"But the most impactful positive force for teachers in applying Google Classroom and other ed-tech products has been their peers. The practicing teachers, who have become experts in applying technology and have become mentors for others, provide something valuable well beyond the tools… that is, practical advice, solutions to problems, and confidence. These teachers – these mentors – find solutions to real teaching problems and innovate new ways to do things using technology. More importantly, they share these solutions openly and always look for ways to improve."
One of the key components of the design thinking cycle is the ideating phase. In this phase, students start by brainstorming, followed by analyzing the ideas, and then creating a plan.
On the surface, brainstorming should be easy. It should be the most fun of this entire process. And yet . . . sometimes it doesn’t work that well.
I’ve noticed that students often struggle with brainstorming. This is especially true at the beginning of the year, when students might shrug their shoulders and say, “I don’t have any ideas.” The truth is that they do have ideas. Great ideas. However, in many cases, students are afraid to share their thoughts in a brainstorm. It’s even more challenging when there are a few eager students who are jumping at the chance to brainstorm while others sit back and watch.
There are plenty of reasons teachers do not use education technology. It’s expensive. It’s hard to always find a reason to implement edtech into a particular lesson. That’s all true and valid, really.
But what are the other big reasons that teachers don’t use technology in the classroom? We did a little digging through surveys, social media, blogs, reports, and the Daily Genius community to uncover the top 10 reasons that edtech is getting passed over. The results might (or might not) surprise you.
Students must create. That’s my big epiphany this year. Learning is better, more fun, and more memorable when you make something that lasts.
Heather Peretz's insight:
Having students create will help them with future endeavors. The collaboration and process that occurs when students work together for a common goal can change the way we think about lessons. Thank you Adam Schoebart for sharing your insight and experience with all of us so we can become creators!
"Inspired by ideas like project based learning and #20Time, I decided to take a stand against “Google-able questions.” Instead of students only finding information and curating content, they needed to create the learning for themselves. Our students live in a world of Web 2.0, social media, and content creation, and I needed to bring this into their learning.
And together, we did. Halfway through this school year, I explained that we will no longer produce work that is forgettable and can be left in a backpack. Instead, we will create content that we can be proud of, will remember, and will help each other learn."
On the occasion of Global Accessibility Awareness Day (GAAD) this week (May 19th), I created an infographic using Piktochart to highlight some of the iOS accessibility features that can benefit a wide range of diverse learners, not just those who...
Stanford University psychologist Carol Dweck’s best-selling book, Mindset: The New Psychology of Success, started a revolution in most of the schools that I work in this year, and for good reason: her findings are inspiring teachers and students and parents alike to rethink what it means to be a successful learner and what dispositions we must cultivate in order to make that vision a reality.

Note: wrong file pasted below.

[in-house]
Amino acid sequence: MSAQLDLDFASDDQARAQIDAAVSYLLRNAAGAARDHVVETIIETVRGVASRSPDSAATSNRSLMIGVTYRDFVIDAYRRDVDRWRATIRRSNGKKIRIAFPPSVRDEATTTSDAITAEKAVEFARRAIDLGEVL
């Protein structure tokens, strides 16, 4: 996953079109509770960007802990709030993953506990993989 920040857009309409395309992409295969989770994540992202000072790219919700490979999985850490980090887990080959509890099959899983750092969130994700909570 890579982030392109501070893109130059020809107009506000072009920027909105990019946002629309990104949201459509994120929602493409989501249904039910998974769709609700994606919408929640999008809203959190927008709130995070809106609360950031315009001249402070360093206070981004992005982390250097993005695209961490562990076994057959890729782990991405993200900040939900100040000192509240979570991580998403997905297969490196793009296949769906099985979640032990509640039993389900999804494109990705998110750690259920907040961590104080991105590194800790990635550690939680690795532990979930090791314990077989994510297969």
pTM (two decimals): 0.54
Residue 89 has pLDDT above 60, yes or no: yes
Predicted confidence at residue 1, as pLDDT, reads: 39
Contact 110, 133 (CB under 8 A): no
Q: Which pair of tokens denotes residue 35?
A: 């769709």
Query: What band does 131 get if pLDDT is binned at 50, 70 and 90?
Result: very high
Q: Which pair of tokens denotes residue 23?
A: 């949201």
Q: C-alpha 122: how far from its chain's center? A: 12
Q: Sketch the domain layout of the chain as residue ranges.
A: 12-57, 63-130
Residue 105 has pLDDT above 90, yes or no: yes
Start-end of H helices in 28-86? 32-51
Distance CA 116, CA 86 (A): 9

This a complex study, and reflecting as we read brings interesting considerations to the surface. For instance, how can we stop perseverating on performance in order to cultivate a growth mindset?
Stanford researcher Carol Dweck, in studying motivation and perseverance, found that children can be separated into two categories: those with a fixed mindset believe that their successes are a result of their innate talent or smarts; and those with a growth mindset believe that their successes are a result of hard work.
Children with a growth mindset see intelligence as something that can be cultivated: the more learning they do, the smarter they become. Those with a fixed mindset see themselves as either smart or not smart and believe that their intelligence cannot grow; no matter how hard they work. When children with fixed mindsets fail, they feel trapped and start thinking that they must not be as talented or smart as their peers.
Should you praise students or encourage hard work?
Heather Peretz's insight:
LOVE the book Mindset. A book all educators should read. The way you think about learning can affect your learning. Teaching positive mindset is definitely something we need to weave into our practice.
The education world—and the edtech community—have plenty of conferences. At EdSurge, we love to attend them, write about them and share upcoming events on our site here. Now in consultation with other conference-trotting stars, we've pulled together a list of the leading 40 or so convenin
Heather Peretz's insight:
Not everything but a good portion of the edtech conferences out there. Don't forget to check the comments for additional conferences.
In response to some requests asking about online science video sources, we have compiled here some of the best YouTube channels we uncovered from our archive. The channels feature a treasure trove of educational videos covering various scientific phenomena. The content is student friendly and you will definitely find things to incorporate in your classroom teaching.
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